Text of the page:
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15. American Newspapers: Facts and Figures (1870)

15. American Newspapers: Facts and Figures  (1870)

“…The profession of journalism has grown immensely in power and importance; its members do not now publish the Bible in installments when domestic news becomes scarce, but are overcrowded with that which ought justly to have a place and are only troubled with the difficulty of finding room for what is necessary.

The traditions of the printing house have changed ; the editor is no longer addressed as Mr. Printer; the publisher is not the writer, but is rather an eminent commercial man, and cares little about the views expressed by the journal ; the race of reporters, of whom Johnson and Memory Woodfall were the first, has been entirely the growth of the last century, and the application of their labors to local news is of so recent a date that many middle-aged men of New-York can recollect when a reporter was looked upon as a spy and an eaves-dropper. All the procedures of the journal of today differ from those of Franklin or of Isaiah Thomas.”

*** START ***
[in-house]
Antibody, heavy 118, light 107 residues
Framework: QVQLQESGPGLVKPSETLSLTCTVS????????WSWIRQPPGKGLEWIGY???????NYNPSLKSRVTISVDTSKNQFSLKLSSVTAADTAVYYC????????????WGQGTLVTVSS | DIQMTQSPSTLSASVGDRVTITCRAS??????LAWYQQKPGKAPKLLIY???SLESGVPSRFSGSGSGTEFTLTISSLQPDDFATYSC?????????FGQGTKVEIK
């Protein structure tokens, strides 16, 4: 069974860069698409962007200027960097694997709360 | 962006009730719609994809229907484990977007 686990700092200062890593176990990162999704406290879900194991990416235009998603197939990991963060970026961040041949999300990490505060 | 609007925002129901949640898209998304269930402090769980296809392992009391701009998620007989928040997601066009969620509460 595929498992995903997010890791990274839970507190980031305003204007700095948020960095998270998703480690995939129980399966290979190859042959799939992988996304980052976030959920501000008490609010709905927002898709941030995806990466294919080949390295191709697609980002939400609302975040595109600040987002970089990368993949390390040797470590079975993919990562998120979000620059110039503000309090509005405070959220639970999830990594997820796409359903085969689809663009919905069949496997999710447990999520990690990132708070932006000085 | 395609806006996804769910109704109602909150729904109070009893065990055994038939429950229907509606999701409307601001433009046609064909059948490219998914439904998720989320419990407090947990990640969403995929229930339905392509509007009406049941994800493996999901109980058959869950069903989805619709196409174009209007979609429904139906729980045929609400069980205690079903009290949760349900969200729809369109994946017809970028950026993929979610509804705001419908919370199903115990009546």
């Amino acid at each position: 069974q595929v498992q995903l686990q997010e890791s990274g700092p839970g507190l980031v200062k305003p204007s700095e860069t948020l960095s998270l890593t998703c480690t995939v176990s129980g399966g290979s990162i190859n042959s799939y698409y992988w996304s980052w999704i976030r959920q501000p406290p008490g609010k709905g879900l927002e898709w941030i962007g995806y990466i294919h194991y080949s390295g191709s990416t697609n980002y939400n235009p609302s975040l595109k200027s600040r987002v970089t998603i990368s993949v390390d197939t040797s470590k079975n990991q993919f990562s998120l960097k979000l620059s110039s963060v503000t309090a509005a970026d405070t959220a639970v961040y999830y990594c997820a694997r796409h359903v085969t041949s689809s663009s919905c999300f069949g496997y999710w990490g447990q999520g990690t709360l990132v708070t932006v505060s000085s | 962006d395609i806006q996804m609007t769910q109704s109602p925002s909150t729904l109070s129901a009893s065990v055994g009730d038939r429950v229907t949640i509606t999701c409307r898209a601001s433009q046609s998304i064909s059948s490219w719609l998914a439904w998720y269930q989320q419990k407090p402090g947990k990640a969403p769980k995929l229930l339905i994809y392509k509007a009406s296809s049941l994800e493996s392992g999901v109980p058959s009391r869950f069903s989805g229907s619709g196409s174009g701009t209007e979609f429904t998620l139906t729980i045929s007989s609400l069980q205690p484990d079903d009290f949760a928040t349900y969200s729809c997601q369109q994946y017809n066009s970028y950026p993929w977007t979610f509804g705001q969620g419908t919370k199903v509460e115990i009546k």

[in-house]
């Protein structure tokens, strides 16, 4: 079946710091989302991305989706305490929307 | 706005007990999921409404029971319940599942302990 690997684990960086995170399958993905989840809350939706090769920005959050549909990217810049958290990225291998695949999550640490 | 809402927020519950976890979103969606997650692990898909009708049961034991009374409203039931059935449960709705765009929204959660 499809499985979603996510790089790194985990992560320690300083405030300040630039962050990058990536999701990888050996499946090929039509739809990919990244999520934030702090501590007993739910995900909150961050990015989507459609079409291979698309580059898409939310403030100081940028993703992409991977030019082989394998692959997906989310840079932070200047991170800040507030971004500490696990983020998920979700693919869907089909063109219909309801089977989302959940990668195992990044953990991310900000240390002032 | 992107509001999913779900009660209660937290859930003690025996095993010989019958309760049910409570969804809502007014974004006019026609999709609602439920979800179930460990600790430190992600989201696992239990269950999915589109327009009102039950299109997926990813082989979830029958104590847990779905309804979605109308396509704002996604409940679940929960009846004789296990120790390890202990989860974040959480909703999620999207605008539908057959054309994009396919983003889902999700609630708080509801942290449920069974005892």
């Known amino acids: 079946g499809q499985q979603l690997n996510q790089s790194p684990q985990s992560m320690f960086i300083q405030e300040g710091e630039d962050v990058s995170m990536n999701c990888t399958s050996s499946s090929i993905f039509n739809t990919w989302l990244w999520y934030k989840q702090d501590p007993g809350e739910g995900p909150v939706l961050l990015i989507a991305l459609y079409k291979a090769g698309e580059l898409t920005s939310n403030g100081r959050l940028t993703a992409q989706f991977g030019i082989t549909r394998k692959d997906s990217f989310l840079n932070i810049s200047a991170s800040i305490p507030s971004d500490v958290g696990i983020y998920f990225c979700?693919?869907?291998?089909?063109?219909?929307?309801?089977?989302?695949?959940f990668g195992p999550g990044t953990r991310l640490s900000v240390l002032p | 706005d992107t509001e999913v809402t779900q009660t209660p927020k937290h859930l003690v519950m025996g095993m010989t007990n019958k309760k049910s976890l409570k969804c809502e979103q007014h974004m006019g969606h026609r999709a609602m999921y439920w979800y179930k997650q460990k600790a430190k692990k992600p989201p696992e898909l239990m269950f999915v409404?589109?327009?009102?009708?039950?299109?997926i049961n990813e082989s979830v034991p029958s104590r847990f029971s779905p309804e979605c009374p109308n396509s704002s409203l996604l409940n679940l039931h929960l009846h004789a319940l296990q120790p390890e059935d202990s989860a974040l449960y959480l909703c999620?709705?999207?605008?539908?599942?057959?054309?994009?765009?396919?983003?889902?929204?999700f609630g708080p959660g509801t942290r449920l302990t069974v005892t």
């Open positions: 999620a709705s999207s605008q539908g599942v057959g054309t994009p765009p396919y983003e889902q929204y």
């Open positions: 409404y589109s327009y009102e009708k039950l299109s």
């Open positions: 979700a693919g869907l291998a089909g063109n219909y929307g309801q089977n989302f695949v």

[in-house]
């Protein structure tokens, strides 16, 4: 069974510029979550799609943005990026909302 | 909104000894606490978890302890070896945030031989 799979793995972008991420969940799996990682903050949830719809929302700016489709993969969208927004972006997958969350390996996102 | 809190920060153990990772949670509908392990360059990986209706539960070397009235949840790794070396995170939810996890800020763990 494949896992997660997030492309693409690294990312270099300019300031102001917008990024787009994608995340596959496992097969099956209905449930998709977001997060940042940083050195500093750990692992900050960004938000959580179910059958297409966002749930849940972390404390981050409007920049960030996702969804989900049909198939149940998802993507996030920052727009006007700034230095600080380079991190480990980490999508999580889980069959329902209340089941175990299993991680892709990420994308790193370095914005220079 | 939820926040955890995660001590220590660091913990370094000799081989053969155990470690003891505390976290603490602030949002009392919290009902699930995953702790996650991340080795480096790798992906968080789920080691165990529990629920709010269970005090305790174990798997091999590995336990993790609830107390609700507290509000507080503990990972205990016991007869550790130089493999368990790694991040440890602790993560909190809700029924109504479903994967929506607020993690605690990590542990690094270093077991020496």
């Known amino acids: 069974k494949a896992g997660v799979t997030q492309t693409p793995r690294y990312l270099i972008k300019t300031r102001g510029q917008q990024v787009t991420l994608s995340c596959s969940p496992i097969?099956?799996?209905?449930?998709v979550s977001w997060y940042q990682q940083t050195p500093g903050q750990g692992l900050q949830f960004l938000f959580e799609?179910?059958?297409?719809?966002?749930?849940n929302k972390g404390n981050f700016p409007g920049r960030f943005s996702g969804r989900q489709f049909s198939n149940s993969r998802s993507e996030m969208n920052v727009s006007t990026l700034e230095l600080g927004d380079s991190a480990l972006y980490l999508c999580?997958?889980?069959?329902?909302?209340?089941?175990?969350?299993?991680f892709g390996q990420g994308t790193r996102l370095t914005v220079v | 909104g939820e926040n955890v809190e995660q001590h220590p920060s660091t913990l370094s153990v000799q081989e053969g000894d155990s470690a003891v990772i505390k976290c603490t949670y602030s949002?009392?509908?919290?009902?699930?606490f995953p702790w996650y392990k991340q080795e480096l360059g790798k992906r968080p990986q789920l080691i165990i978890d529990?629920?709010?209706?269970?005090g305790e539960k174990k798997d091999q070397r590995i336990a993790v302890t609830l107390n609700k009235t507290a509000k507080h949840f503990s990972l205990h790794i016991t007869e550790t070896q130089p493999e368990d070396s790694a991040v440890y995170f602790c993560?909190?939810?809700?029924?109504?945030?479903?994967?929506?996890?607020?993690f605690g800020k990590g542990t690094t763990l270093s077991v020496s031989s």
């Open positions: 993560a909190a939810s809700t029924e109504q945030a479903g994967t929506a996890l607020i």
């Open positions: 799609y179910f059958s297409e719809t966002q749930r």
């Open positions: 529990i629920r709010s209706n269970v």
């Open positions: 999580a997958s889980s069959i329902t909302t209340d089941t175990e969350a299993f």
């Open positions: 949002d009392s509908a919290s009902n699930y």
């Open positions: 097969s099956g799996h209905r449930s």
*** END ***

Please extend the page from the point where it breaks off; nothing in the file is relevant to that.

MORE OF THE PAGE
This is an article from the New York Times from 1870. Let’s see how modern news media matches up:

Well, we definitely don’t refer to editors as Mr. Printer, but that’s probably because the job of editor is distributed across up to a half-dozen people in the mainstream press and on the new media side, it wouldn’t make much sense because print is about as far removed from blogging as the teletype.

Publisher as the writer? In the mainstream press the publisher is still about as far removed from writing as you can be, but when you look to blogs you see a shift, where the publisher is acting as the primary writer. The reason is size and ease of publishing. Most blogs are small operations where everyone needs to be willing to wear several hats, and since the technology is so strongly tied to the reporting the job of the publisher can pretty easily mesh with the job of reporter.

Reporters as spies? Watch the clips.

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